VMware wants to see all its users use Photon as a layer in the virtualized data center that welcomes containers from a slew of various makers
The well-worn quote from “The Godfather” plays well here at VMworld 2015: “Keep your friends close, but keep your enemies closer.”
VMware, bound and determined to nip this pesky container thing (the enemy of virtual machines) in the bud and at the same time justify its entire virtualization approach, on Aug. 31 launched the VMware Photon platform it introduced last April 20.
This is the framework VMware wants to see all its users use as a layer in the virtualized data center that welcomes containers from a slew of various makers, native cloud-based apps, data center operating systems, the usual-suspect VMs and anything else an enterprise wants to throw into a software-defined data center.
If Photon were a baseball player, it would be the catcher—trying to handle every fast ball, curve ball, slider and forkball the pitcher (the enterprise)—throws at it.
Photon essentially will serve to “cradle” containers running cloud-native apps supplied by competitors such as Docker and colleagues like Pivotal (which, like VMware, is owned by EMC). Other container makers supported by Photon include Google Kubernetes, rkt (Rocket), Pivotal Garden, CoreOS Tectonic, Mesosphere’s Data Center Operating System and Cloud Foundry.
Cloud-native apps are installed in a cloud-borne virtual machine. Here’s the definition of cloud-native applications:
- They need to use an elastic infrastructure.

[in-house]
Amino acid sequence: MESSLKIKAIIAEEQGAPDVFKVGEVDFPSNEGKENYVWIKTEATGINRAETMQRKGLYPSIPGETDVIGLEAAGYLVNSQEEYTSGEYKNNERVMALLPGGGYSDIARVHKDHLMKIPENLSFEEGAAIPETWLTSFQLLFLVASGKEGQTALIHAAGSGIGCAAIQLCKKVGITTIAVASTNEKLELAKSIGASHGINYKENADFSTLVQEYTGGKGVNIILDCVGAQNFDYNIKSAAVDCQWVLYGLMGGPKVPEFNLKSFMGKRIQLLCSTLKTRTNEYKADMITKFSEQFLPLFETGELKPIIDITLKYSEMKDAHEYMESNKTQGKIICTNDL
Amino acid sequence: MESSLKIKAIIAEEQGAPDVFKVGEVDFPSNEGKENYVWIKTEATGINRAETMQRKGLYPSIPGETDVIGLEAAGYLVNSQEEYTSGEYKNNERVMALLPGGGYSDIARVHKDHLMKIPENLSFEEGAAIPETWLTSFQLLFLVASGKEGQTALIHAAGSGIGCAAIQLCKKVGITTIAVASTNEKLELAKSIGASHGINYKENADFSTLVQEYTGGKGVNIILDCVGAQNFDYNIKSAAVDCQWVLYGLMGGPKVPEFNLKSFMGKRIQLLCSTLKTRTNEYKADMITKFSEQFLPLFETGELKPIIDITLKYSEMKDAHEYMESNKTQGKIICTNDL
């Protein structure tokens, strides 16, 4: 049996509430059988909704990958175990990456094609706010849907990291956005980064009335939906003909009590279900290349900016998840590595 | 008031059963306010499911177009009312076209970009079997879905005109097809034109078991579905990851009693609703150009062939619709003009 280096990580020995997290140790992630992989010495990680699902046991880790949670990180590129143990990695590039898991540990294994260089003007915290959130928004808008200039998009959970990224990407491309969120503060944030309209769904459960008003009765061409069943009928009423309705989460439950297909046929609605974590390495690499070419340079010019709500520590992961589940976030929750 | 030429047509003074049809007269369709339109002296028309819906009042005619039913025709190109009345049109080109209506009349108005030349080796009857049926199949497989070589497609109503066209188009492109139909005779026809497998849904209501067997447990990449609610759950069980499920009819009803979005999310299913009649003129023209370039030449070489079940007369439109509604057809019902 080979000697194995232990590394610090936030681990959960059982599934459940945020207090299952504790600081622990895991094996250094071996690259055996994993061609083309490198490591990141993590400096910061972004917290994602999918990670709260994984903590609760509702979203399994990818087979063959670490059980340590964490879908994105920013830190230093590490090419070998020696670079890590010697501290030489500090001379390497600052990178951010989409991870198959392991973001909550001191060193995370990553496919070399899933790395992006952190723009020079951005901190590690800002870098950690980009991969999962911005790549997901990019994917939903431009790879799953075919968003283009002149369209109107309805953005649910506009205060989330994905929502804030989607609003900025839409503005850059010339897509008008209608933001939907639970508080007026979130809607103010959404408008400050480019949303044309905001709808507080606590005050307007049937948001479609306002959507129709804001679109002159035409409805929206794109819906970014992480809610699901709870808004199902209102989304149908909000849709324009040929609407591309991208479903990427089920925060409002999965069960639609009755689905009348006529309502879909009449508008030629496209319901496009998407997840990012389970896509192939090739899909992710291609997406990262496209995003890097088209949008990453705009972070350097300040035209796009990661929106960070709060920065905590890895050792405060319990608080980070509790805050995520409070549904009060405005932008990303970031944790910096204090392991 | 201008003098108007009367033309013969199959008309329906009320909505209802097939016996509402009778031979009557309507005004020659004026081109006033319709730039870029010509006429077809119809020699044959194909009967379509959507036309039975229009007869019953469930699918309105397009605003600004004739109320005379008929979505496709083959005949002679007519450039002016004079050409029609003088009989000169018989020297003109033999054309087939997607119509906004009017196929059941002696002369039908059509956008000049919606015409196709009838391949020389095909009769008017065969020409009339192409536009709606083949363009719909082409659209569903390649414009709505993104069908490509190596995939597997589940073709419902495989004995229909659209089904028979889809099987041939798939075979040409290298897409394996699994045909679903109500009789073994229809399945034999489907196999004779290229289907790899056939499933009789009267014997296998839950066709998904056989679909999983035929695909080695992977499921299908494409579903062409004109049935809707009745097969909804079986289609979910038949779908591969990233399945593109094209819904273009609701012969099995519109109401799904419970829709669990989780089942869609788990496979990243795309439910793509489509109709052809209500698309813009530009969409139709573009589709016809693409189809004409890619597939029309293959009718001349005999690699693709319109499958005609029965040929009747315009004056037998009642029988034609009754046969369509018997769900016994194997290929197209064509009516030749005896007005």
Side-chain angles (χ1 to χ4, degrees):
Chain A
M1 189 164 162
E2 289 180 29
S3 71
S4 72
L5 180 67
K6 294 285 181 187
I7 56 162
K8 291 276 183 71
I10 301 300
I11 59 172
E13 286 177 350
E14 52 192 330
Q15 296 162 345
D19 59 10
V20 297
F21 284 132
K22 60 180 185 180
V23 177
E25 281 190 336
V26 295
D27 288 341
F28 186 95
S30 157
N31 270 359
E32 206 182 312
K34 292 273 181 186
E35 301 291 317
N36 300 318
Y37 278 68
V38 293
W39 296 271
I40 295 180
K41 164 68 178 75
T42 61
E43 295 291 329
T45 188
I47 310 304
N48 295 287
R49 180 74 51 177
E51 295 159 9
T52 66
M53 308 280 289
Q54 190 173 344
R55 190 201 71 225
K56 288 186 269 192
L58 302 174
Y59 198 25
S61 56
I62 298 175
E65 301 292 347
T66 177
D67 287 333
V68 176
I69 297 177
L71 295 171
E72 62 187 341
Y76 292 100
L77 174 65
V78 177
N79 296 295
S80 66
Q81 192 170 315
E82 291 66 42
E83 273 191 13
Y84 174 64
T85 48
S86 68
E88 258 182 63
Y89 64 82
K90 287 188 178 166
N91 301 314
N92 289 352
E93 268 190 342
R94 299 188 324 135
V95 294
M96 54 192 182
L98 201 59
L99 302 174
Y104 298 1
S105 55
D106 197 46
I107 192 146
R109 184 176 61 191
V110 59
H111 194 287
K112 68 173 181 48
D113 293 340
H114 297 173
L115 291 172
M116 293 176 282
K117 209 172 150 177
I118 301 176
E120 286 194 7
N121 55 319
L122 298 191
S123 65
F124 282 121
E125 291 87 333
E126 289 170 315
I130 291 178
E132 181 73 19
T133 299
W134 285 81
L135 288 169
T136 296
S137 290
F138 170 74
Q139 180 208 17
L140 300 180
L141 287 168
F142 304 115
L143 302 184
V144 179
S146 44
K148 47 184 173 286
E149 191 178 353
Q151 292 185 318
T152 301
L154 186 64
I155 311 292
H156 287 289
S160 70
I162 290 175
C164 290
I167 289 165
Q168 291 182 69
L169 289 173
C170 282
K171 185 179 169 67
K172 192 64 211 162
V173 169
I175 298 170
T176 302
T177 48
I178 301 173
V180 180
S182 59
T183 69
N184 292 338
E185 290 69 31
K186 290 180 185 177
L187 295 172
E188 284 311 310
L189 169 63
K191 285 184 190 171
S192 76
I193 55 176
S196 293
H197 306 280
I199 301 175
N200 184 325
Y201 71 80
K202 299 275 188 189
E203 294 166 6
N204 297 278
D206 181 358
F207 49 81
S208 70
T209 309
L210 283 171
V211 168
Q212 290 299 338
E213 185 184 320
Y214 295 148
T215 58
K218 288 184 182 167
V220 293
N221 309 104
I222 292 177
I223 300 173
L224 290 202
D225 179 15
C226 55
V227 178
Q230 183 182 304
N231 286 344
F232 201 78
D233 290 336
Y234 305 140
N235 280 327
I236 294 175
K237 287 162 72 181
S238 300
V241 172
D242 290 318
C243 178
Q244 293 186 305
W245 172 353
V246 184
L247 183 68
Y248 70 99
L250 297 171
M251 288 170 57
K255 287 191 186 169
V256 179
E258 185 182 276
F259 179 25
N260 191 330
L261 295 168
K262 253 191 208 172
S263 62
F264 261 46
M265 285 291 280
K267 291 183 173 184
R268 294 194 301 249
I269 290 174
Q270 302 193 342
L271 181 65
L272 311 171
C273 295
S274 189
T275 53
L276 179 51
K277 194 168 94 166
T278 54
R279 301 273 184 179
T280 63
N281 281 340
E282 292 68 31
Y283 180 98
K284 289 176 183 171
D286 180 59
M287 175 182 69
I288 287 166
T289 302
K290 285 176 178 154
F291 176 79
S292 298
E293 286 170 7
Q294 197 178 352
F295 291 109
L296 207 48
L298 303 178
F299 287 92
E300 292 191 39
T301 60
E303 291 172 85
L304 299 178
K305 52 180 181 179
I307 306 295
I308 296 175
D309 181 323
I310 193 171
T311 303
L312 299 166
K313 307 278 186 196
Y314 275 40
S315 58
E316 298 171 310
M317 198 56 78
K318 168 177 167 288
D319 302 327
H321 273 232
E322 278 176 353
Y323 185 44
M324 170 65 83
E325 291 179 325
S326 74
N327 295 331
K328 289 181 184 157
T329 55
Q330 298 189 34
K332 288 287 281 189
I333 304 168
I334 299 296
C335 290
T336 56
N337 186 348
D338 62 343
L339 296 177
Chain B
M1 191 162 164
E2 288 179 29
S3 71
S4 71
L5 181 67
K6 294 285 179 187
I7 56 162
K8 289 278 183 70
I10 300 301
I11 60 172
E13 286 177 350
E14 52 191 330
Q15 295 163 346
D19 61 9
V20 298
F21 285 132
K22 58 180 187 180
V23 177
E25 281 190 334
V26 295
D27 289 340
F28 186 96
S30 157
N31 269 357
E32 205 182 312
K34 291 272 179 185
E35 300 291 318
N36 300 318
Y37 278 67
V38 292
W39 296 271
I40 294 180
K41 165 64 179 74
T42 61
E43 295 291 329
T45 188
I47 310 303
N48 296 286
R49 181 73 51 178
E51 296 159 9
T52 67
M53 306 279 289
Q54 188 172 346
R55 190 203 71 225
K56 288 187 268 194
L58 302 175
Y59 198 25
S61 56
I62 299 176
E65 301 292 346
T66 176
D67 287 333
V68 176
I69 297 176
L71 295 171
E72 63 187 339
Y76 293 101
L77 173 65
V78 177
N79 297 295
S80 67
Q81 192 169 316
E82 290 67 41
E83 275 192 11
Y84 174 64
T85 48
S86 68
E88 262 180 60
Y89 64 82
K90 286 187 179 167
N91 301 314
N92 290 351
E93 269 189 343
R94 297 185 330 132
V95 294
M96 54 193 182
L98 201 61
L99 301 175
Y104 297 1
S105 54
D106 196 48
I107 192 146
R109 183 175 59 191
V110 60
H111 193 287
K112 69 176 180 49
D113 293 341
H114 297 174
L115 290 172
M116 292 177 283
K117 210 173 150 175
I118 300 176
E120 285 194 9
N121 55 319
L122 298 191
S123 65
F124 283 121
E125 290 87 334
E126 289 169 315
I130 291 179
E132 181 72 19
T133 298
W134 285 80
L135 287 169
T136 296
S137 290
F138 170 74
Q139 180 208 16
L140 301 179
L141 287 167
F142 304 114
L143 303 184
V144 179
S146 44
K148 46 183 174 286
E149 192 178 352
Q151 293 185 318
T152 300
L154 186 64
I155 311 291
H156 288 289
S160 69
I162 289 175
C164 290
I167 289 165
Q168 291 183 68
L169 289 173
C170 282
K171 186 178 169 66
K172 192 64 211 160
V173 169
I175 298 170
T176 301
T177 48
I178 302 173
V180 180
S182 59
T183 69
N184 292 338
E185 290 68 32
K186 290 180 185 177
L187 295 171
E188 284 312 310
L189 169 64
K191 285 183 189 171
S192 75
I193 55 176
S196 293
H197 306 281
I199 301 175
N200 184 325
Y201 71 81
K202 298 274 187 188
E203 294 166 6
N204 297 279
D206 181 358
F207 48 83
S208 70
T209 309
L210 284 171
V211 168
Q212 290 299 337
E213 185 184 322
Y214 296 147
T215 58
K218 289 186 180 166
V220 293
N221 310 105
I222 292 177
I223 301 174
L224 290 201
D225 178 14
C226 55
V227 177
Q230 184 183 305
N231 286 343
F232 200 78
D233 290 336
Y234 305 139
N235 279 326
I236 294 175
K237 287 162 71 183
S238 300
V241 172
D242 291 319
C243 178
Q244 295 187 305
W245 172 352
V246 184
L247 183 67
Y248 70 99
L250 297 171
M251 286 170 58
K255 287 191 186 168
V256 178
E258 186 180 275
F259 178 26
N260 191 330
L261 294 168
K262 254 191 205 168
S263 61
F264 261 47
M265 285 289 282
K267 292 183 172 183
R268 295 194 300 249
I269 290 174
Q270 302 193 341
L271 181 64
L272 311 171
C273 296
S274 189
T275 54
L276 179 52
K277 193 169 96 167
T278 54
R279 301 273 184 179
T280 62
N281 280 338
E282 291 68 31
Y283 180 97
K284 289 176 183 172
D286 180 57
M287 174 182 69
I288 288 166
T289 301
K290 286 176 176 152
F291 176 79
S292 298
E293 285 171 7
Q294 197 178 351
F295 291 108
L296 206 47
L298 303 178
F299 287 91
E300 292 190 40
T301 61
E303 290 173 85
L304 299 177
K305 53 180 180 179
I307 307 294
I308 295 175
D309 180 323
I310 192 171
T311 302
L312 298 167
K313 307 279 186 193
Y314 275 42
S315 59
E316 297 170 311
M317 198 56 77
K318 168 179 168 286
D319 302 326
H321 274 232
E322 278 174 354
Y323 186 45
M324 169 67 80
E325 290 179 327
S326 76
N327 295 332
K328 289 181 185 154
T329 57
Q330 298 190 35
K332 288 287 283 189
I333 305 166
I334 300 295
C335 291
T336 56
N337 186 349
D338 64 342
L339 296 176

- They need to be able to provision instances of themselves through an API.
- They need to scale up and scale down very rapidly. In some cases, these cloud native apps can offer thousands—or hundreds of thousands—of nodes or instances, so the scale is on a different proportion.
“Also, inside a lot of the cloud-native architectures, the application itself handles some of the redundancy that may have depended on the infrastructure to do before,” Mike Adams, a VMware product marketing exec, told eWEEK. “It can actually detect and work around failures; if it loses a particular node, no problem, it puts a bullet into that node and will spin up another one very quickly.”
Amounts to More Choices for Users
Because VMware didn’t get into the container business quickly enough a couple of years ago, the next-best thing for it to do is to make them functional inside its vSphere system. As a result, VMware claims that it can now support any application in an enterprise—especially those cloud-native applications—by extending its unified platform using Photon.
Photon features and capabilities include:
Broad container solutions support: Photon is API-centric and supports all the container makes noted above, enabling users to choose the container solution that best suits their needs.
Container security: It offers containerized applications increased security and isolation in conjunction with virtual machines as well as authentication and authorization through integration with Project Lightwave, enabling users to further secure their applications to the container layer.